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Neuron. 2014 May 7;82(3):573-86. doi: 10.1016/j.neuron.2014.02.046. Epub 2014 Apr 10.

Dynorphin acts as a neuromodulator to inhibit itch in the dorsal horn of the spinal cord.

Author information

1
Department of Neurobiology, University of Pittsburgh, 200 Lothrop St. Pittsburgh, PA 15213, USA; University of Pittsburgh Pain Center, University of Pittsburgh, 200 Lothrop St. Pittsburgh, PA 15213, USA.
2
Institute of Neuroscience and Psychology, College of Medical, Veterinary and Life Sciences, University of Glasgow, Glasgow G12 8QQ, UK.
3
Department of Neurobiology, University of Pittsburgh, 200 Lothrop St. Pittsburgh, PA 15213, USA.
4
University of Pittsburgh Pain Center, University of Pittsburgh, 200 Lothrop St. Pittsburgh, PA 15213, USA; Department of Anesthesiology, University of Pittsburgh, 200 Lothrop Street, Pittsburgh, PA 15213, USA.
5
International Institute for Integrative Sleep Medicine, University of Tsukuba, Life Science Center of Tsukuba Advanced Research Alliance C-1F, 1-1-1 Tenoudai Tsukuba Ibaraki, Tsukuba 305-8577, Japan.
6
Department of Pharmacology, Innsbruck Medical University, A-6020 Innsbruck, Austria.
7
Department of Anatomy, Hokkaido University School of Medicine, Sapporo 060-8638, Japan.
8
Department of Morphological Brain Science, Graduate School of Medicine, Kyoto University, Kyoto 606-8501, Japan.
9
Institute of Neuroscience and Psychology, College of Medical, Veterinary and Life Sciences, University of Glasgow, Glasgow G12 8QQ, UK. Electronic address: andrew.todd@glasgow.ac.uk.
10
Department of Neurobiology, University of Pittsburgh, 200 Lothrop St. Pittsburgh, PA 15213, USA; University of Pittsburgh Pain Center, University of Pittsburgh, 200 Lothrop St. Pittsburgh, PA 15213, USA; Department of Anesthesiology, University of Pittsburgh, 200 Lothrop Street, Pittsburgh, PA 15213, USA. Electronic address: saross@pitt.edu.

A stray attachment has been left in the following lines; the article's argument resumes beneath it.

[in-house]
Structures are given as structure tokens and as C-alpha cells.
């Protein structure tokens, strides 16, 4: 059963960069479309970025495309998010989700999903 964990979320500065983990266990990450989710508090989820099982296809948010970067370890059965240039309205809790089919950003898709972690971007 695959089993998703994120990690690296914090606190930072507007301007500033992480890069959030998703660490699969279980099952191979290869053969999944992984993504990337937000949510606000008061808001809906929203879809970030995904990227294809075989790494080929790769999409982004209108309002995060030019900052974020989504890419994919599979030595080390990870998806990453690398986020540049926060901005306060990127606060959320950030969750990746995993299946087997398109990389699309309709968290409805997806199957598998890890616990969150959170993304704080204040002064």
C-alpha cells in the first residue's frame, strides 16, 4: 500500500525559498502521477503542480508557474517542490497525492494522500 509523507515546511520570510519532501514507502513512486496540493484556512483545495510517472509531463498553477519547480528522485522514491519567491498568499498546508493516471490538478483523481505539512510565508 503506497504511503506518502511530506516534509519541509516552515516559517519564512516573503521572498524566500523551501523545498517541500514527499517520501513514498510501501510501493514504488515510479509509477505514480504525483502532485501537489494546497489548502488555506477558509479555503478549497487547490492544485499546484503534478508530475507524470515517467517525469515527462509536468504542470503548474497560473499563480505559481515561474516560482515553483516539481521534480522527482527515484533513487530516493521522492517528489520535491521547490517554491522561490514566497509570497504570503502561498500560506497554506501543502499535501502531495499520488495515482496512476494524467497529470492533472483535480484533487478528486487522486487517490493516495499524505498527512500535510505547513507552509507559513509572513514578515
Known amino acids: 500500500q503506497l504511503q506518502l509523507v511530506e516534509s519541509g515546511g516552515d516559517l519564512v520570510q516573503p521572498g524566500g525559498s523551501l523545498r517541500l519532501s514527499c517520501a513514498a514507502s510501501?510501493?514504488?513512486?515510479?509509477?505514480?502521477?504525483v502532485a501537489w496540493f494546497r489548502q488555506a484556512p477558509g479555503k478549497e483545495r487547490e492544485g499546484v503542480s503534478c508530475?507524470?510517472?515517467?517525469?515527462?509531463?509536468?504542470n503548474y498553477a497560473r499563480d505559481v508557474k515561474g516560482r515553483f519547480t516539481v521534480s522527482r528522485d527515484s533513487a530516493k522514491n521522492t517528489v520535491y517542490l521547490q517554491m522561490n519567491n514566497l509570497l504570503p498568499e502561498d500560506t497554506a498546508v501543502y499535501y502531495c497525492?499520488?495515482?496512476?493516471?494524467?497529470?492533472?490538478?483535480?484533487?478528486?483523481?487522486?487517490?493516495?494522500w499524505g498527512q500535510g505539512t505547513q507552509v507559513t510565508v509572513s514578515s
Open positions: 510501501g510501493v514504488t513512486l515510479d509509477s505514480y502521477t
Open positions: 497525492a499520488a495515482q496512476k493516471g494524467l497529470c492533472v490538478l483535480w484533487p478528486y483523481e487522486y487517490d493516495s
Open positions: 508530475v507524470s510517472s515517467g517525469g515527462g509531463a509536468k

Abstract

Menthol and other counterstimuli relieve itch, resulting in an antipruritic state that persists for minutes to hours. However, the neural basis for this effect is unclear, and the underlying neuromodulatory mechanisms are unknown. Previous studies revealed that Bhlhb5(-/-) mice, which lack a specific population of spinal inhibitory interneurons (B5-I neurons), develop pathological itch. Here we characterize B5-I neurons and show that they belong to a neurochemically distinct subset. We provide cause-and-effect evidence that B5-I neurons inhibit itch and show that dynorphin, which is released from B5-I neurons, is a key neuromodulator of pruritus. Finally, we show that B5-I neurons are innervated by menthol-, capsaicin-, and mustard oil-responsive sensory neurons and are required for the inhibition of itch by menthol. These findings provide a cellular basis for the inhibition of itch by chemical counterstimuli and suggest that kappa opioids may be a broadly effective therapy for pathological itch.

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PMID:
24726382
PMCID:
PMC4022838
DOI:
10.1016/j.neuron.2014.02.046
[Indexed for MEDLINE]
Free PMC Article
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